Bulgarian Prime Minister Boiko Borissov’s proposed Cabinet reshuffle, announced on July 23, was received with disdain by organisers of the protests that have been going on for more than two weeks demanding the resignation of the government and Prosecutor-General Ivan Geshev.
Borissov, after consultations with his ultra-nationalist minority partners in government, said that the finance, interior, economy and tourism ministers were resigning. The reshuffle announced on July 23 went further than his previous demand for the finance, interior and economy ministers to quit.
Professor Velislav Minekov, one of the self-described “poison trio” group that is among protest organisers, told Bulgarian National Radio that Borissov’s bid to stay in power would “provoke a powerful response” at the Thursday evening protest.
Democratic Bulgaria leader Hristo Ivanov responded to Borissov’s statement that he had long wanted to be Prosecutor-General by saying: “No, I do not want to become Prosecutor-General and I do not think that politicians in Bulgaria should take up that post”.
Ivanov, who was Justice Minister in the second Borissov government before resigning on principle, said that Borissov’s claim that Ivanov wanted to be Prosecutor-General was an “absurd thesis with which Borissov shows his fear”.
“This statement once again shows his dependence. This dependence has been the main axis of political corruption in Bulgaria for the past 10 years and that is why Borissov has to leave. He is a dependent man who fears the real rule of law in Bulgaria. That is why we want his resignation.”
The changes to the Cabinet could not be described as “anything other than rearranging the deckchairs aboard the Titanic,” Ivanov said.
The protests would go on because the citizenry wanted the government to resign, he said. Swift elections were needed to bring about profound change, Ivanov said.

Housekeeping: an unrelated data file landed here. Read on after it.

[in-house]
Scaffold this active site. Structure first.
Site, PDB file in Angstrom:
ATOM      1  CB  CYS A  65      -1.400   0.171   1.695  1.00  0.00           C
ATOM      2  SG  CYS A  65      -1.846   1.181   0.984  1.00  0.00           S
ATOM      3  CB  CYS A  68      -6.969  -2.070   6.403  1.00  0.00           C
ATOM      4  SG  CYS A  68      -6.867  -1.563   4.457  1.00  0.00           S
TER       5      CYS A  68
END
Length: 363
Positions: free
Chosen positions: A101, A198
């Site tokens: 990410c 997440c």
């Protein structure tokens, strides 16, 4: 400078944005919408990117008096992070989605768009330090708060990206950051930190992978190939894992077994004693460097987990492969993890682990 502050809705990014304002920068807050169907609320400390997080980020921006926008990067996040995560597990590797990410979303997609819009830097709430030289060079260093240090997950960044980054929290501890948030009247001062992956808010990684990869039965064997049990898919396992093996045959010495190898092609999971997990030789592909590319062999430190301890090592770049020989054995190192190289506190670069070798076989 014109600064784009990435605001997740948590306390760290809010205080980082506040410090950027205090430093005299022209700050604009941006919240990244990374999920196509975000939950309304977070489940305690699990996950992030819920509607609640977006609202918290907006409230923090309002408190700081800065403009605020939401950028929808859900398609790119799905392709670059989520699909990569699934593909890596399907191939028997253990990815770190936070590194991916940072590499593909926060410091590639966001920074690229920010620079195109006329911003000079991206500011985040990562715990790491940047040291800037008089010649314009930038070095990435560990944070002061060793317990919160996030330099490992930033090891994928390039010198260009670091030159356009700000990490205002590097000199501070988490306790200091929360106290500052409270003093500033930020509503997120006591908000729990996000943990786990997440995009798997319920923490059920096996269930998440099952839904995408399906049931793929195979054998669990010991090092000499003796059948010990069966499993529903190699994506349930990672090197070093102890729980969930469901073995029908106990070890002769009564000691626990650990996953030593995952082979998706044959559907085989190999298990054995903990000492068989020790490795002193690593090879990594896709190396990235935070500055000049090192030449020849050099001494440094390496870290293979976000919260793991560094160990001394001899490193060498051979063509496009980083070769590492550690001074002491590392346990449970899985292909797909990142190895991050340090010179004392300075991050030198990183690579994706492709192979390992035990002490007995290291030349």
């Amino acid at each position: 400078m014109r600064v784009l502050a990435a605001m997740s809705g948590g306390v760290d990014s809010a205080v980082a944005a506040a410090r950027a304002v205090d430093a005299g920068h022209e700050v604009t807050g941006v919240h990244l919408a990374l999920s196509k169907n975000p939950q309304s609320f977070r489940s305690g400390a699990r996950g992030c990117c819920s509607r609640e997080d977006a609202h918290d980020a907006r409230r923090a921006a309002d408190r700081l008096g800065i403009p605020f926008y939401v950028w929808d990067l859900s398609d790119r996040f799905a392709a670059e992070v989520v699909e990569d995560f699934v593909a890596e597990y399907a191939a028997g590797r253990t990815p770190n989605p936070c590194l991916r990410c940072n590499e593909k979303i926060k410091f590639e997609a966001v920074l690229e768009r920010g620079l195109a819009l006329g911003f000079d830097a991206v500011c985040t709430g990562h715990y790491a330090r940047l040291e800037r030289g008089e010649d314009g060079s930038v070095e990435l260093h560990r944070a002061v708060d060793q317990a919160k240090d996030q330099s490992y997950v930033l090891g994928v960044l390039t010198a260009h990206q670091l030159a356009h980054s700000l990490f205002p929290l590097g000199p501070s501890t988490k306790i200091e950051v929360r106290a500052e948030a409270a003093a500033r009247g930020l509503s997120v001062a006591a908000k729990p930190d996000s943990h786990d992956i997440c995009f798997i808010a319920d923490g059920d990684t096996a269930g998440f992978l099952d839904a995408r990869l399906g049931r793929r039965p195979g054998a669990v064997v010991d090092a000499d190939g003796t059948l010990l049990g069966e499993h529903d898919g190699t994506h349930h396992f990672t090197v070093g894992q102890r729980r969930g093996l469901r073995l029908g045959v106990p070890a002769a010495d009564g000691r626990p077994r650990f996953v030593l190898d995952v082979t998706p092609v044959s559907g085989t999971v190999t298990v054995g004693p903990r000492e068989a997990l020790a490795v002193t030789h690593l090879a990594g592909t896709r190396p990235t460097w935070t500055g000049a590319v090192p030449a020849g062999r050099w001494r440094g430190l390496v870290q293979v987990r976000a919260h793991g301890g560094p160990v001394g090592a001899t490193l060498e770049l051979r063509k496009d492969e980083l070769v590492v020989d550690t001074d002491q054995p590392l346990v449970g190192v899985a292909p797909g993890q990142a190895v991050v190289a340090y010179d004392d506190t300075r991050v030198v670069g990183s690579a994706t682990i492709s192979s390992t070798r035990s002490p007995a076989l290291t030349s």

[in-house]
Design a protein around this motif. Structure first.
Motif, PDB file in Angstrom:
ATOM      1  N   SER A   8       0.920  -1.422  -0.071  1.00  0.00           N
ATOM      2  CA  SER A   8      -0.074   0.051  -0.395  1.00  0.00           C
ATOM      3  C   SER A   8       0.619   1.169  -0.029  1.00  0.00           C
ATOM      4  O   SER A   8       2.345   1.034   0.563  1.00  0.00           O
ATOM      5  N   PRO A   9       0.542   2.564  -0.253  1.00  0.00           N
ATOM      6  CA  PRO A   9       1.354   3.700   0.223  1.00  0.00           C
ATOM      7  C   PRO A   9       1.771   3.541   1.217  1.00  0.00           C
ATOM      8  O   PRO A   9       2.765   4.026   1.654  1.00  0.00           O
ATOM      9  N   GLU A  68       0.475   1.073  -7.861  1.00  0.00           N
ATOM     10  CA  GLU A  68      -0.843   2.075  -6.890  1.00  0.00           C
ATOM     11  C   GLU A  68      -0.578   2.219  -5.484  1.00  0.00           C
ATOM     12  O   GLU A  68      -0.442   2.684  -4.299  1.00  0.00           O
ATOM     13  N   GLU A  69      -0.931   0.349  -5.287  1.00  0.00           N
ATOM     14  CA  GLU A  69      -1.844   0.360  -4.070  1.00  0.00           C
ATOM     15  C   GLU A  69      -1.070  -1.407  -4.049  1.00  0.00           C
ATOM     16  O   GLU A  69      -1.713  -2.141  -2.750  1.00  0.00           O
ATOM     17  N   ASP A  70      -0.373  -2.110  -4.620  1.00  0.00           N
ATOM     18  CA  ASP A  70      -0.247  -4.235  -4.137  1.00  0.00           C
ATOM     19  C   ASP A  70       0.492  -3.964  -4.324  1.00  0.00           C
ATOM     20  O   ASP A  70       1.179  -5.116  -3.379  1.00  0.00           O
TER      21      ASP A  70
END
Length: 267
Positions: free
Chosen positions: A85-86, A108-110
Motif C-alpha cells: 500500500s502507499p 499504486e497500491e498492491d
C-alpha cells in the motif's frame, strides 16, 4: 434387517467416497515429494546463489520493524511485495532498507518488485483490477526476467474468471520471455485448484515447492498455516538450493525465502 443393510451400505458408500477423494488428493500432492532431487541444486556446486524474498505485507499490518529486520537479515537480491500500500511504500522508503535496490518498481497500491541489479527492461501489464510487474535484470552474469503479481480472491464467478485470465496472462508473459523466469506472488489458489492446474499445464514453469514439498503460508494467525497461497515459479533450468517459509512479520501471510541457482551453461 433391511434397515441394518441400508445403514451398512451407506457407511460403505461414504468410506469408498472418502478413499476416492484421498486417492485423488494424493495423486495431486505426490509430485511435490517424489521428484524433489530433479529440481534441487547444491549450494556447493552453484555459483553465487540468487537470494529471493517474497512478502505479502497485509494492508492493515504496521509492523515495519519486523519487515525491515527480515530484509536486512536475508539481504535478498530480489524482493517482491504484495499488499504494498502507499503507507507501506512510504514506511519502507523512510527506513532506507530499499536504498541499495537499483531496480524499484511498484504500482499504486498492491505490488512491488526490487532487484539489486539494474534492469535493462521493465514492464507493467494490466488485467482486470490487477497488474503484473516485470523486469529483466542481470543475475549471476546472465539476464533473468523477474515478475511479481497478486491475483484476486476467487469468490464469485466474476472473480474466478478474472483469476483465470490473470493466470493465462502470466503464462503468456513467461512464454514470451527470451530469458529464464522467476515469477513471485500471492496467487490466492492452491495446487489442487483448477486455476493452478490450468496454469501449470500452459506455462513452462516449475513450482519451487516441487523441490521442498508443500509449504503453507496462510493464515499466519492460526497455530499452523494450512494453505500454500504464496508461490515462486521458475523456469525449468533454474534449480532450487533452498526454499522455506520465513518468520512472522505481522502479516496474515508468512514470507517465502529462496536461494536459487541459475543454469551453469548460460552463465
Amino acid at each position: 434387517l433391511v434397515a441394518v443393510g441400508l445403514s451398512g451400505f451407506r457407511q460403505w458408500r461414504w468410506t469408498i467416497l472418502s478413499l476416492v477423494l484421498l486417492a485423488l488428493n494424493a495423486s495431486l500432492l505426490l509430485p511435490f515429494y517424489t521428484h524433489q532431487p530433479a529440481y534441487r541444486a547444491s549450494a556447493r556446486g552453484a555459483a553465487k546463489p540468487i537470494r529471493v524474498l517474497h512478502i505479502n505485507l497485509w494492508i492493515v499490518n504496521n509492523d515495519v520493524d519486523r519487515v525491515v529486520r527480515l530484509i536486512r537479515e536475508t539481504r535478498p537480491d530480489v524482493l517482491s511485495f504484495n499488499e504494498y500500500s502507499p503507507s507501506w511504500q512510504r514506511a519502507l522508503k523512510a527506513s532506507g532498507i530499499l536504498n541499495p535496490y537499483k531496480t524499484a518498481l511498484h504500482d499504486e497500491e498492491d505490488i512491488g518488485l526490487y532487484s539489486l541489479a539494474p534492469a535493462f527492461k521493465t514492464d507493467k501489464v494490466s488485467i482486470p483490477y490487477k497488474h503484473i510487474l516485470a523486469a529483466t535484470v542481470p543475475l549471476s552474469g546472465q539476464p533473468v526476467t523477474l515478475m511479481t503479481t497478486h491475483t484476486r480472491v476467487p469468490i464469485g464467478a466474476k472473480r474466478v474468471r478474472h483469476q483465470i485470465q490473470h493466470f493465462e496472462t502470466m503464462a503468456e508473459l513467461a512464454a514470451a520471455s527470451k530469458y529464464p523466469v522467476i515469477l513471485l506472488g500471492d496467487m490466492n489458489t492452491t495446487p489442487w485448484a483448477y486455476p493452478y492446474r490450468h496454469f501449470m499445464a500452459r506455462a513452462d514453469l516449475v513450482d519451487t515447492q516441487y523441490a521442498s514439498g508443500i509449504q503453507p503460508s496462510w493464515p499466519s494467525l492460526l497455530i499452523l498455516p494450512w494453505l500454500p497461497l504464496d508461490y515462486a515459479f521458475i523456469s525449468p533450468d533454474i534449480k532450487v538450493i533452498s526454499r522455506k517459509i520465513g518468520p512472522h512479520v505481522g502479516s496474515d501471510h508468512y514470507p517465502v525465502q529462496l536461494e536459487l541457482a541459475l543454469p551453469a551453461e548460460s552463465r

Parliamentary elections in Bulgaria are scheduled for spring 2021. Senior figures in Borissov’s GERB party and government have repeatedly rejected the calls to resign, saying doing so amid a crisis would be a mistake. They also have expressed confidence that opinion polls show GERB as set to get the largest share of votes in the next election.
July 22 was the 14th consecutive night of protests against the government and Geshev, with protesters blocking key road intersections in capital city Sofia. The evening’s protest was held with the theme: “First block Sofia, then the state”.
People pelted parliamentary and government buildings with toilet paper (not in short supply in Bulgaria, which saw scant panic-buying amid the Covid-19 crisis) and threw flat caps over the railings on to the steps of the Palace of Justice. The flat caps were a reference to Geshev’s trademark headgear.
At a briefing on July 23, Sofia police thanked participants in the protests for behaving peacefully.
Commissioner Toni Todorov, deputy head of the security police, said:
“In the late hours of last night, we noticed that there were
ideas and calls for this blocking of large intersections to happen in
the early hours, which is really worrying because of the traffic in
“We will build a strategy to be prepared to ensure the normal movement of people,” he said.
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